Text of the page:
It seems that everyone is trying to guess what the story is for holiday hiring this year. Some company’s plans are up from last year, some are down. Many companies are hiring later in the season and others appear to be paying more than in past years. The only consistency is well, inconsistency. This is no real surprise (to me at least) that the hiring picture is so schizophrenic. Holiday hiring is a sampling of the broader marketplace. And in a recovery that is getting better but still uncertain, more work will be temporary in nature. It makes you wonder if temporary work was, in fact, invented at holiday times. The work is seasonal or part-time, peak times.
Holiday hiring is temporary work defined.
A strong holiday hiring season will ignite the economy. I guarantee it. From where I sit our customers are busy. Hiring is coming back strong for the right skill sets. Unemployment claims are down below 400,000 a few weeks in a row. But there is still a stigma about holiday and temporary work. That must change. Workers must embrace today’s new reality, working is better than not working. Staying busy is better than waiting for the perfect fit, especially if you have been unemployed or looking for some time. Don’t believe me? Get your foot in the door and amazing things can happen. Doing a great job gets you noticed. And perhaps an introduction to others in the business. And a full-time job in your field can happen.
At CBI Group, Placers and Barton Career Advisors, we have heard it all around holiday hiring. Here is more advice this season if you or someone you know is looking for work this holiday season.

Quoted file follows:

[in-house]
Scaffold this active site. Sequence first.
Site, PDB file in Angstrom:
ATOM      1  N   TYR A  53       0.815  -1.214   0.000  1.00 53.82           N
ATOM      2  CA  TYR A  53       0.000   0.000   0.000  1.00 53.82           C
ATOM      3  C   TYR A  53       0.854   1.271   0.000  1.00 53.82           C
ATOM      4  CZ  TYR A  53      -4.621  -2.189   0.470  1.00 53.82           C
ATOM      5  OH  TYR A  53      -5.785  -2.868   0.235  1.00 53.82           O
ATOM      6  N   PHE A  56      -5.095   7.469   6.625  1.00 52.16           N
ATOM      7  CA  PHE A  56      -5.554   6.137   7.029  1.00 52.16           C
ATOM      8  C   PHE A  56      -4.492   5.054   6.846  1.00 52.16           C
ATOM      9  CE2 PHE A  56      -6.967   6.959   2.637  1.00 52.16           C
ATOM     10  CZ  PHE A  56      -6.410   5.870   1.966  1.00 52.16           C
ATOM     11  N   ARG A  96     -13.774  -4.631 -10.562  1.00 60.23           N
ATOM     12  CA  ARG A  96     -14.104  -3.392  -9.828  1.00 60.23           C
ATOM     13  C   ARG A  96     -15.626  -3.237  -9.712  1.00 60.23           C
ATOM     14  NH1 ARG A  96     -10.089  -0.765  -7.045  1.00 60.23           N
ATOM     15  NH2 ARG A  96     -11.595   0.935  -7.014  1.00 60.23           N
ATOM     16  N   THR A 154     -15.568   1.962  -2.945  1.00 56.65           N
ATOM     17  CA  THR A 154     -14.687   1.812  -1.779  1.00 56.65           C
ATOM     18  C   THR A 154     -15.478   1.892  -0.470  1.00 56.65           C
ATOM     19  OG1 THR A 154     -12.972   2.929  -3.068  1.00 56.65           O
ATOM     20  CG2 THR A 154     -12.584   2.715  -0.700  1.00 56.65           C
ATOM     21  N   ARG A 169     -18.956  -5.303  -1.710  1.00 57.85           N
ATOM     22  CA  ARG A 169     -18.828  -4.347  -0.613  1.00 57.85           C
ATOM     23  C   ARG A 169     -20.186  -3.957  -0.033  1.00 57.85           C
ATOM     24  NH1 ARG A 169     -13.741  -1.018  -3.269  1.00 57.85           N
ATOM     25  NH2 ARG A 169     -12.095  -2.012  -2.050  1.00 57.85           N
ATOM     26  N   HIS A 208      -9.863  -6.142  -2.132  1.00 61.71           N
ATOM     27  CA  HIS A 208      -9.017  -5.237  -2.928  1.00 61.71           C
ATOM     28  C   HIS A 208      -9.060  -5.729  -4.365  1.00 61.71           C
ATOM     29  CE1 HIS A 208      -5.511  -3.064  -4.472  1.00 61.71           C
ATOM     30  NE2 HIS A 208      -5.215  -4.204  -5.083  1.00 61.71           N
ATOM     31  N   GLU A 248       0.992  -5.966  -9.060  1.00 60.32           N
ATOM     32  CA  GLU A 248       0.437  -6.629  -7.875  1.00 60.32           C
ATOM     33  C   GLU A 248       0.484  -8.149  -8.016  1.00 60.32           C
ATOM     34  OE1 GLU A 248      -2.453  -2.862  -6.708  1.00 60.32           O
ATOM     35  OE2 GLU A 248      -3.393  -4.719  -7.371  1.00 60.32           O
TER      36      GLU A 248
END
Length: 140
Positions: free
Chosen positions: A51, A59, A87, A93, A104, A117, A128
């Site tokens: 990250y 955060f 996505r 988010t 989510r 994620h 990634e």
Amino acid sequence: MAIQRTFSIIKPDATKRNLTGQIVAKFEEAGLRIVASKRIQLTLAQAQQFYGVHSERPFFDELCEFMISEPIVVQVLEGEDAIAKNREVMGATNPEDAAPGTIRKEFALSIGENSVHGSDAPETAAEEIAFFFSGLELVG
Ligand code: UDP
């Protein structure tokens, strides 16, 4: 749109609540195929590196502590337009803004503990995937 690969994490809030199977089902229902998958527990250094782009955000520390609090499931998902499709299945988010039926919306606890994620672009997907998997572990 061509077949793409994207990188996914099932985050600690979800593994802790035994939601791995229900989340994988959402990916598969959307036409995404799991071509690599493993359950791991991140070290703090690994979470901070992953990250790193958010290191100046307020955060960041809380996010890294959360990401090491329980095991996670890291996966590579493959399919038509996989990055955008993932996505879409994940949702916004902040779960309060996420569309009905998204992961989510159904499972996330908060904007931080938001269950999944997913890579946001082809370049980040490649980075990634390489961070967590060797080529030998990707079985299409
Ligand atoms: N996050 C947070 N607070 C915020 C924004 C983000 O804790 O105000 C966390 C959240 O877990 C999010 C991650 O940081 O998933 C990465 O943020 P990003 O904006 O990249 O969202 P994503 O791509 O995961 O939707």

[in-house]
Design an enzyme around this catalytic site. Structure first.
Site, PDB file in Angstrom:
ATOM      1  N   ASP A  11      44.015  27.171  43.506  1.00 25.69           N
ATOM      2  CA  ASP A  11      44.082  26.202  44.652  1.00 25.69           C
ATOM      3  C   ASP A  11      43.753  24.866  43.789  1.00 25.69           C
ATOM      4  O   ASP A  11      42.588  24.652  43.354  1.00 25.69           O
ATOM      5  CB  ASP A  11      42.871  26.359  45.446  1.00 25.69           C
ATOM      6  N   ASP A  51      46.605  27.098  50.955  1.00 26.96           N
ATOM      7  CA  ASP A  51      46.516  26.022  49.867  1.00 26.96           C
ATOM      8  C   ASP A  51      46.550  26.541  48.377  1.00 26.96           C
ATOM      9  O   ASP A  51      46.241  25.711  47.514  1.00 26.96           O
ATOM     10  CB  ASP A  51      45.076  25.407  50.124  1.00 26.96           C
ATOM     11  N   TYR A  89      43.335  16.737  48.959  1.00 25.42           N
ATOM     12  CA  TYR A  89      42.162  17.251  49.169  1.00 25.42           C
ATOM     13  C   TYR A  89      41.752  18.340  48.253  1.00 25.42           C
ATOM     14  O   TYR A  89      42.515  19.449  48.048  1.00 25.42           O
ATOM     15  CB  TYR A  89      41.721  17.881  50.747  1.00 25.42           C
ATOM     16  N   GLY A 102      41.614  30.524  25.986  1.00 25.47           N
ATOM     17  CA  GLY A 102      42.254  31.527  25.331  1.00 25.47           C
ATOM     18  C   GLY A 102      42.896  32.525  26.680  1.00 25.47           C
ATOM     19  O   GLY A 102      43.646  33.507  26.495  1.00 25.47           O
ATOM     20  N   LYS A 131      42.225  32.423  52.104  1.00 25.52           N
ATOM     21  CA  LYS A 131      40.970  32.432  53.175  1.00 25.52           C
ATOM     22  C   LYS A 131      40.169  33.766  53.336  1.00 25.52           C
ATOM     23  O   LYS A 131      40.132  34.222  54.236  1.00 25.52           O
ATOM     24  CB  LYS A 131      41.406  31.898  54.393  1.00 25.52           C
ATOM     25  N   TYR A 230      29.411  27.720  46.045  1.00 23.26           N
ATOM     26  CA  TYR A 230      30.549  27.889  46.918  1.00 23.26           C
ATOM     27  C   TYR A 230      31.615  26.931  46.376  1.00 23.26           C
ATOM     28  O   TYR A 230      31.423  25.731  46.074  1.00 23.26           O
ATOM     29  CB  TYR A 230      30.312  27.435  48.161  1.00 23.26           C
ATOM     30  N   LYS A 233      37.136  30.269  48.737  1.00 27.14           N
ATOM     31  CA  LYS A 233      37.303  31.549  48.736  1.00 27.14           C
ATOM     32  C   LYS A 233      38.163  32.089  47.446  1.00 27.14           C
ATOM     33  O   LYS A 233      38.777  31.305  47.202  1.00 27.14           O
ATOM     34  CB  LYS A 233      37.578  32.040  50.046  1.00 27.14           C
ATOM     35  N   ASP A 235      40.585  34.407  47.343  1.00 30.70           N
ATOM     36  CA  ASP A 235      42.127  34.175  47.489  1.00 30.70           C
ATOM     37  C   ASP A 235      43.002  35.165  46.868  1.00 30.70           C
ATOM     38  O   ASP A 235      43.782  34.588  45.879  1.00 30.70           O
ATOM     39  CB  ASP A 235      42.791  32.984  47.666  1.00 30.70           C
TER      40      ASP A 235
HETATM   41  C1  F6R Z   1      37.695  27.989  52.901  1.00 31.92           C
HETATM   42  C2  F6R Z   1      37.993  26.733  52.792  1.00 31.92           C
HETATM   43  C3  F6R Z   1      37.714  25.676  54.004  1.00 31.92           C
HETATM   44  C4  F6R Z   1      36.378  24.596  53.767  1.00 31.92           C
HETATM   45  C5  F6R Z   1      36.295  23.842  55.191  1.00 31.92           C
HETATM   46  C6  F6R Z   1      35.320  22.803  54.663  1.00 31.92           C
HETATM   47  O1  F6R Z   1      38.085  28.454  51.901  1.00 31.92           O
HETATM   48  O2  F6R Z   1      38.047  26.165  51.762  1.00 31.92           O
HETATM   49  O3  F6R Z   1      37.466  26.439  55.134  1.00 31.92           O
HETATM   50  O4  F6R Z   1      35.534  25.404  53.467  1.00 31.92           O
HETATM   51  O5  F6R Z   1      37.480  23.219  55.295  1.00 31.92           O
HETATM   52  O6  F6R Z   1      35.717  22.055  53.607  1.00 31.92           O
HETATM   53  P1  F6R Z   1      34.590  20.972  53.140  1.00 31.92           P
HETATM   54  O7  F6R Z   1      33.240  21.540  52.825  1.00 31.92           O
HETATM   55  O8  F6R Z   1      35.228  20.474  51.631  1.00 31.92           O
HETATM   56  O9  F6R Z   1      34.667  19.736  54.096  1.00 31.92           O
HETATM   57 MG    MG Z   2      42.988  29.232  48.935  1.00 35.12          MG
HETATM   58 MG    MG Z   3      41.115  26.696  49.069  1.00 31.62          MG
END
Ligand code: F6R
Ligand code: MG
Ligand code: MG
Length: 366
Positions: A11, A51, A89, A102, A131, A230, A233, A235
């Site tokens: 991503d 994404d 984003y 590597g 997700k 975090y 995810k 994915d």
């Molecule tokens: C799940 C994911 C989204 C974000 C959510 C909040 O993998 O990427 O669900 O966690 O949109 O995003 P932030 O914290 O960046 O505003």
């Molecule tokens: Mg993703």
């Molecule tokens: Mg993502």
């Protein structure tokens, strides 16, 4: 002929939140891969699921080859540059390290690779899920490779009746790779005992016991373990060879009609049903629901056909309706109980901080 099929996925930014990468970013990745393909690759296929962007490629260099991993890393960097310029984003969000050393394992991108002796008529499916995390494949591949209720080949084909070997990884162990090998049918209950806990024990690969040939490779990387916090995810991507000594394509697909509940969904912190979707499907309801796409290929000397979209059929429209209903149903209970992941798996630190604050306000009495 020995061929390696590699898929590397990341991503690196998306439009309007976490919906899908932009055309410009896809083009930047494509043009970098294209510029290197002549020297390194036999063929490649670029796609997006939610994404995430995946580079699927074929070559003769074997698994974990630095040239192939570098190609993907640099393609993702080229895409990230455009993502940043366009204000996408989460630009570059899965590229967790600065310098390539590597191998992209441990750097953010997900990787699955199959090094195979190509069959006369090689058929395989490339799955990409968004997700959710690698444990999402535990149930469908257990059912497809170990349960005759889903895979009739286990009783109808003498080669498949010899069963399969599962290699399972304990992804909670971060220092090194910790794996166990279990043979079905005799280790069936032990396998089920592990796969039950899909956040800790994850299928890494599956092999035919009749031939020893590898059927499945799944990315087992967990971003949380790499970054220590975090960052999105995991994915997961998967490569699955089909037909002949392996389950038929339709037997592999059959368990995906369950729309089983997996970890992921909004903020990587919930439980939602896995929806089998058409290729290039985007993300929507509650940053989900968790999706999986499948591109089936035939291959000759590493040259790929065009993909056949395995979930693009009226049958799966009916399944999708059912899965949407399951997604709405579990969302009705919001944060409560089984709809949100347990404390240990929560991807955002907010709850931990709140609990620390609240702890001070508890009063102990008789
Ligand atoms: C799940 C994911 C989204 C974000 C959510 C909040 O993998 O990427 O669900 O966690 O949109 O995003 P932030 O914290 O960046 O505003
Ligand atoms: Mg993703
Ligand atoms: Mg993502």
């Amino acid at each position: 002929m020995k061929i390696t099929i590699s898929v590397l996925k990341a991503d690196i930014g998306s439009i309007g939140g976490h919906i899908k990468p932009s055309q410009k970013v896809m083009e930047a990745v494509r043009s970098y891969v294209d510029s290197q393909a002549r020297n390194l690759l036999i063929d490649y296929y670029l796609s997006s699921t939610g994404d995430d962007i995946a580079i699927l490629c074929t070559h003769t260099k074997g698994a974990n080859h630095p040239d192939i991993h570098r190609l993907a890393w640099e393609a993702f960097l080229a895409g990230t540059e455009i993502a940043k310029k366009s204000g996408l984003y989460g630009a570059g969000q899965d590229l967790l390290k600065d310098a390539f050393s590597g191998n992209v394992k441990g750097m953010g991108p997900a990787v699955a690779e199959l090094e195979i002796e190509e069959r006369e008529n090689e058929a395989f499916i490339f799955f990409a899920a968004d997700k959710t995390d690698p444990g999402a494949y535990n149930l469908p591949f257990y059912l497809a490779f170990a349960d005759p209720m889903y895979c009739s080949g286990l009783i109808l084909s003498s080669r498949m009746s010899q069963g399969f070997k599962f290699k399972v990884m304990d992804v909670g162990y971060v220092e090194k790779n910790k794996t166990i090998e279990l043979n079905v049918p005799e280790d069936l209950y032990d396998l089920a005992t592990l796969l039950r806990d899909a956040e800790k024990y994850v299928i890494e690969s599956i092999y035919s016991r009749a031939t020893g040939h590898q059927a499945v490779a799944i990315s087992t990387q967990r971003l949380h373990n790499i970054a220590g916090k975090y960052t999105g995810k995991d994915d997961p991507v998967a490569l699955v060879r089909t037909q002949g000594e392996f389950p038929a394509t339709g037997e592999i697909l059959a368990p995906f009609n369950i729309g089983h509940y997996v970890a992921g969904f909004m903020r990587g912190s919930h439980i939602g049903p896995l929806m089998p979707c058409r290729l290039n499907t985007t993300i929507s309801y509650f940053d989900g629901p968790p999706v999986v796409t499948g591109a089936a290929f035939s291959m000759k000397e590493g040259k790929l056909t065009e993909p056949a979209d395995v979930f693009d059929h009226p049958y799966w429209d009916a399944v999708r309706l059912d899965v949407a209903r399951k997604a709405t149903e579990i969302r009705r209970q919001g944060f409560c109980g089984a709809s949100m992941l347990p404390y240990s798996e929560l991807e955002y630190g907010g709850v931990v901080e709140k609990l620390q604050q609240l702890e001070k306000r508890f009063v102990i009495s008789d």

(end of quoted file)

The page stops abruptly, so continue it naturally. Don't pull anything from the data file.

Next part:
- As many as 1/3 of all seasonal jobs will be evaluated for part-time or full-time status after the holiday season. What a wonderful opportunity to show your employer what you are capable of and for you to see if you like working in a particular company.
- “Hiring does not happen during the holiday.” This is just not true. Yes the world slows down a little. But hiring managers may actually have more time for planning and hiring than the rest of the year.
- The world is hiring more than retail this holiday season. Temporary work exists for businesses to hire talent quickly; many companies have forever changed their internal hiring resources. And the temporary jobs are abundant well beyond retail. Consider temporary work as a avenue to speed up your job search.
November 9th, 2011
That time of year is just around the corner. I look out every year at my employees and I know when they have lost it, checked out and are simply some place else. Some call it “holidayitis.” The affliction hits us all when the excitement and the to do list become too much and for a little while we disappear mentally and/or physically from the workplace. It used to bother me greatly. Just ask my employees.
Until lately. Call it wisdom if you wish, but maybe I have just realized that I can not control everything and sometimes I just have to go with it. And the more I do that, the more I get holidayitis myself. Just don’t tell anyone ok? I think the the holiday season starts off the right way with our national holiday, Thanksgiving. Most of us like to be with the ones we love, enjoy good food and libation and watch football. We give thanks for whatever we have, regardless of if it’s a little or a lot, it is universal. With the exception of cleaning up the kitchen, Thanksgiving does it right.
This year Thanksgiving will be different in our house because last week we lost my grandmother, Rose Burkhard. Before you stop reading — give me a chance to share a few things. To me Thanksgiving is about mindfulness and slowing down to be there in the moment. To be in the moment. I would like to share a little bit about Rose and what I learned from her, it fits the times and the season.